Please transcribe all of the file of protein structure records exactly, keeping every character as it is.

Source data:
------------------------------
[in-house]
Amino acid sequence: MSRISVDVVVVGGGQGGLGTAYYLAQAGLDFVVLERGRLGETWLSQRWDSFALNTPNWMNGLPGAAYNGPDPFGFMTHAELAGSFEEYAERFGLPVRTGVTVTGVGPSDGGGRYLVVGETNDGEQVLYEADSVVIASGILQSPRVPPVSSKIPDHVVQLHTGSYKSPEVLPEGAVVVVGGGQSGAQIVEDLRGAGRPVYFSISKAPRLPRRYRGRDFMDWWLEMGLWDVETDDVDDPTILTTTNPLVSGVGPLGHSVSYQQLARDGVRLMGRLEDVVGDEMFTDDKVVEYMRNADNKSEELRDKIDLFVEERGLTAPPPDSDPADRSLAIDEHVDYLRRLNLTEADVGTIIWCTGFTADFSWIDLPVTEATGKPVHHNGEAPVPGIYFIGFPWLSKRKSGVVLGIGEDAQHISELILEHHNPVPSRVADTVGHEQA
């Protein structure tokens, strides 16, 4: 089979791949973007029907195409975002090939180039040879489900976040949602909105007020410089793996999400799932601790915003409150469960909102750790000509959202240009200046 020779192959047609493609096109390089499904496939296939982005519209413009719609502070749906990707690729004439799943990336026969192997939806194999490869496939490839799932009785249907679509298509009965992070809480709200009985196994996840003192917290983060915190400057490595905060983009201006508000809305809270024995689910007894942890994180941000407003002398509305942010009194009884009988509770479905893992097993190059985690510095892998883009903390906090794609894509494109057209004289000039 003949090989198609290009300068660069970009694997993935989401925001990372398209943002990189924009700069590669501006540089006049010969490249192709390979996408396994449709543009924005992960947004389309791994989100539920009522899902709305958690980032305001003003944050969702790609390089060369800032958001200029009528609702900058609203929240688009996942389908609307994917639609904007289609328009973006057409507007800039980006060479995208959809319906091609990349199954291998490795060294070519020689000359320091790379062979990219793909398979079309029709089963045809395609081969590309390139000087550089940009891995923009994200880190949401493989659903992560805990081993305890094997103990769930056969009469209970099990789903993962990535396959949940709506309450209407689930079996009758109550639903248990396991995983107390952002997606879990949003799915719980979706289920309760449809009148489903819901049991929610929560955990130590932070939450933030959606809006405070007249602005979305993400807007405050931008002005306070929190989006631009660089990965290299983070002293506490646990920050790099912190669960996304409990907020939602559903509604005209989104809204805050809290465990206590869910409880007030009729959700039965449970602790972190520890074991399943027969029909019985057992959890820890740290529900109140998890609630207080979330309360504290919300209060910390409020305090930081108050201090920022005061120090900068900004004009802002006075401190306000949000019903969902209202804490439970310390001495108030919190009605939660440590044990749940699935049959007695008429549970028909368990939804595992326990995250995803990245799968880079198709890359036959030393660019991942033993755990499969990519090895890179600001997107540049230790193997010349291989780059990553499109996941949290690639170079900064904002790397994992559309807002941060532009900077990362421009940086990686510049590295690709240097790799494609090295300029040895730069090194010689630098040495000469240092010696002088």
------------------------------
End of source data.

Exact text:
[in-house]
Amino acid sequence: MSRISVDVVVVGGGQGGLGTAYYLAQAGLDFVVLERGRLGETWLSQRWDSFALNTPNWMNGLPGAAYNGPDPFGFMTHAELAGSFEEYAERFGLPVRTGVTVTGVGPSDGGGRYLVVGETNDGEQVLYEADSVVIASGILQSPRVPPVSSKIPDHVVQLHTGSYKSPEVLPEGAVVVVGGGQSGAQIVEDLRGAGRPVYFSISKAPRLPRRYRGRDFMDWWLEMGLWDVETDDVDDPTILTTTNPLVSGVGPLGHSVSYQQLARDGVRLMGRLEDVVGDEMFTDDKVVEYMRNADNKSEELRDKIDLFVEERGLTAPPPDSDPADRSLAIDEHVDYLRRLNLTEADVGTIIWCTGFTADFSWIDLPVTEATGKPVHHNGEAPVPGIYFIGFPWLSKRKSGVVLGIGEDAQHISELILEHHNPVPSRVADTVGHEQA
């Protein structure tokens, strides 16, 4: 089979791949973007029907195409975002090939180039040879489900976040949602909105007020410089793996999400799932601790915003409150469960909102750790000509959202240009200046 020779192959047609493609096109390089499904496939296939982005519209413009719609502070749906990707690729004439799943990336026969192997939806194999490869496939490839799932009785249907679509298509009965992070809480709200009985196994996840003192917290983060915190400057490595905060983009201006508000809305809270024995689910007894942890994180941000407003002398509305942010009194009884009988509770479905893992097993190059985690510095892998883009903390906090794609894509494109057209004289000039 003949090989198609290009300068660069970009694997993935989401925001990372398209943002990189924009700069590669501006540089006049010969490249192709390979996408396994449709543009924005992960947004389309791994989100539920009522899902709305958690980032305001003003944050969702790609390089060369800032958001200029009528609702900058609203929240688009996942389908609307994917639609904007289609328009973006057409507007800039980006060479995208959809319906091609990349199954291998490795060294070519020689000359320091790379062979990219793909398979079309029709089963045809395609081969590309390139000087550089940009891995923009994200880190949401493989659903992560805990081993305890094997103990769930056969009469209970099990789903993962990535396959949940709506309450209407689930079996009758109550639903248990396991995983107390952002997606879990949003799915719980979706289920309760449809009148489903819901049991929610929560955990130590932070939450933030959606809006405070007249602005979305993400807007405050931008002005306070929190989006631009660089990965290299983070002293506490646990920050790099912190669960996304409990907020939602559903509604005209989104809204805050809290465990206590869910409880007030009729959700039965449970602790972190520890074991399943027969029909019985057992959890820890740290529900109140998890609630207080979330309360504290919300209060910390409020305090930081108050201090920022005061120090900068900004004009802002006075401190306000949000019903969902209202804490439970310390001495108030919190009605939660440590044990749940699935049959007695008429549970028909368990939804595992326990995250995803990245799968880079198709890359036959030393660019991942033993755990499969990519090895890179600001997107540049230790193997010349291989780059990553499109996941949290690639170079900064904002790397994992559309807002941060532009900077990362421009940086990686510049590295690709240097790799494609090295300029040895730069090194010689630098040495000469240092010696002088």